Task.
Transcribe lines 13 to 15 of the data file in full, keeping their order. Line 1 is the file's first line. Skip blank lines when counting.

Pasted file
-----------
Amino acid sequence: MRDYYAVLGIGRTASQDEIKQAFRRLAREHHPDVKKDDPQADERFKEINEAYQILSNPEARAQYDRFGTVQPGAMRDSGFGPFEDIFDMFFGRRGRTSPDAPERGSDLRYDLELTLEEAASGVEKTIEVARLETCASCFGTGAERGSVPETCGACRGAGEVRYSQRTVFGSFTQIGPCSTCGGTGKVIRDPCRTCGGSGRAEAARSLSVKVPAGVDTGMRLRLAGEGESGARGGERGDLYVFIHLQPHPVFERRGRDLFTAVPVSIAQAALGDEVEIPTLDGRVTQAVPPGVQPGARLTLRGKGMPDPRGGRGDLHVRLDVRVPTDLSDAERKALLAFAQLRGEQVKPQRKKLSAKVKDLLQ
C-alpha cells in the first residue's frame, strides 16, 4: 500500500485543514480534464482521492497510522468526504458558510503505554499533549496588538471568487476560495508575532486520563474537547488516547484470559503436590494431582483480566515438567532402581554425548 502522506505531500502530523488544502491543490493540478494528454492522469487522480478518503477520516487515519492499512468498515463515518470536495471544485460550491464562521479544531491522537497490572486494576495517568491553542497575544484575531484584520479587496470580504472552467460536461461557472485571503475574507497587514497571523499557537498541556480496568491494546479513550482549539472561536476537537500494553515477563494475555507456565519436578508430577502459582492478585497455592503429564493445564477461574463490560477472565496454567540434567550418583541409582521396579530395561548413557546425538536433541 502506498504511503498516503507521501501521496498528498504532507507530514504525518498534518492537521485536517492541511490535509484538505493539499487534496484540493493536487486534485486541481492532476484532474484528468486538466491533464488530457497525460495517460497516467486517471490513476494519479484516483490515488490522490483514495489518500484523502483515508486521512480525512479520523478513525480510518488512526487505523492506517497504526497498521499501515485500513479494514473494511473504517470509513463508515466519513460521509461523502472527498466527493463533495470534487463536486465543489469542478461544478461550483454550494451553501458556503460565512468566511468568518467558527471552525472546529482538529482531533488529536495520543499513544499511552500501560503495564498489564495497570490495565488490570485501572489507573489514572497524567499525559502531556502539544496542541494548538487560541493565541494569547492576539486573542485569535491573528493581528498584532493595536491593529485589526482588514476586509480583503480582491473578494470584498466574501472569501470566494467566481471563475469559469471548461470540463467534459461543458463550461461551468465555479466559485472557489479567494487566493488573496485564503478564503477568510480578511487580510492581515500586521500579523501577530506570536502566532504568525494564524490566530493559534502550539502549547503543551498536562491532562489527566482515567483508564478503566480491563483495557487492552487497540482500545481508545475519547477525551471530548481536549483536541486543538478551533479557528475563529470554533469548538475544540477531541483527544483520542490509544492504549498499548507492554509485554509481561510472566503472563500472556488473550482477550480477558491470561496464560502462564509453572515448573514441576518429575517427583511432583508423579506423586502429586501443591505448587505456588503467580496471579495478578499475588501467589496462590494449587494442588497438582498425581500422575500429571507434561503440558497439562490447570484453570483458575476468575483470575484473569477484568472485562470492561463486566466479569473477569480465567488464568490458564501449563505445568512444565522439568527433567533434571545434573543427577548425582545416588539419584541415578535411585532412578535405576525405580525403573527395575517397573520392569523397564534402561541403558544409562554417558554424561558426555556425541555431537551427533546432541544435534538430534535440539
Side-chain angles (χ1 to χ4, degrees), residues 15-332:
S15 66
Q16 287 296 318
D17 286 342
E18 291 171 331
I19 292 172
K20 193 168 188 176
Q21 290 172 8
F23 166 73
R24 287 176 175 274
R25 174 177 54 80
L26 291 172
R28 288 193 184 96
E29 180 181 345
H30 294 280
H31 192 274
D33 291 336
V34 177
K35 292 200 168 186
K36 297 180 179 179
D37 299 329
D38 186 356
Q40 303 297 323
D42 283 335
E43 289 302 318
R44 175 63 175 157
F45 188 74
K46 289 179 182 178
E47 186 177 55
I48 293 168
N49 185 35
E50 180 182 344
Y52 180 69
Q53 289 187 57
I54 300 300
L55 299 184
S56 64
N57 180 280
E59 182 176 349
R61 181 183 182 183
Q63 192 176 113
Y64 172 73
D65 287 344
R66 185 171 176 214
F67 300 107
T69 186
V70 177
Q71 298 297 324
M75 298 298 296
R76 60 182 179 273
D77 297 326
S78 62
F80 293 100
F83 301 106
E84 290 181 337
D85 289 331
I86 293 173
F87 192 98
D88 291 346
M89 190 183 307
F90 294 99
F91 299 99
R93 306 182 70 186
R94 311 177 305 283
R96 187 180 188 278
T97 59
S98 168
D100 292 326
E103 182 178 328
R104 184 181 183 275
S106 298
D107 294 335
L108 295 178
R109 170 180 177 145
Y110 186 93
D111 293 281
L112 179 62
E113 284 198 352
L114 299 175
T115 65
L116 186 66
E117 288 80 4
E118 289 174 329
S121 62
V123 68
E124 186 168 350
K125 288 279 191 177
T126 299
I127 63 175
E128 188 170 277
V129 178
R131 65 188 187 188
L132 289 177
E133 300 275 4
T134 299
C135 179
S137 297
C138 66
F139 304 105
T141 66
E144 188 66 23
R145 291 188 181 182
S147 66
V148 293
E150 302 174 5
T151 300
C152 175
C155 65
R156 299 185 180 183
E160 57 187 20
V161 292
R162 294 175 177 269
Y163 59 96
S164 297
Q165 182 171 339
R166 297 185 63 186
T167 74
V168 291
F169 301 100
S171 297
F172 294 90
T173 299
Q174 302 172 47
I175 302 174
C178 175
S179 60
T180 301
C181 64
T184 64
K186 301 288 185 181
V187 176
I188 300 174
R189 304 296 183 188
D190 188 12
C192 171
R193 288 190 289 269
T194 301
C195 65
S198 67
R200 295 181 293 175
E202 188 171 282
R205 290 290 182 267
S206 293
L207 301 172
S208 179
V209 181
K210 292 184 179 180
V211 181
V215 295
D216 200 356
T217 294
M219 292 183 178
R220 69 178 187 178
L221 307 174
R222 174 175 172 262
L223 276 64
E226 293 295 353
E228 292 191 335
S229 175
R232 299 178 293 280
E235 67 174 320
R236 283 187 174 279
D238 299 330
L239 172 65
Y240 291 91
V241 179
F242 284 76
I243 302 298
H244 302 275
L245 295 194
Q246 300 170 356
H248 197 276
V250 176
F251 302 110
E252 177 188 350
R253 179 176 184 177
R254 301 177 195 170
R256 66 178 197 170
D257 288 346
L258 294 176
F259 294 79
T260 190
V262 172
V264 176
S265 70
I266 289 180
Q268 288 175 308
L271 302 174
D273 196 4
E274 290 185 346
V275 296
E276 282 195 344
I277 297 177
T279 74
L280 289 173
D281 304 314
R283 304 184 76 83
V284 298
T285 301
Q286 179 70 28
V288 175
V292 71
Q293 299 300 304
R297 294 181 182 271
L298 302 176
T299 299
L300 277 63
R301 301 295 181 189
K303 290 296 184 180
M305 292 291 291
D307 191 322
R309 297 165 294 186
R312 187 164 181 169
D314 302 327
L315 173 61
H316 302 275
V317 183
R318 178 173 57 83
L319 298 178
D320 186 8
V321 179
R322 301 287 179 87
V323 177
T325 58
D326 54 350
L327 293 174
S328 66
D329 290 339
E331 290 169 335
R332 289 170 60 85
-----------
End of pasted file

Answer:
R25 174 177 54 80
L26 291 172
R28 288 193 184 96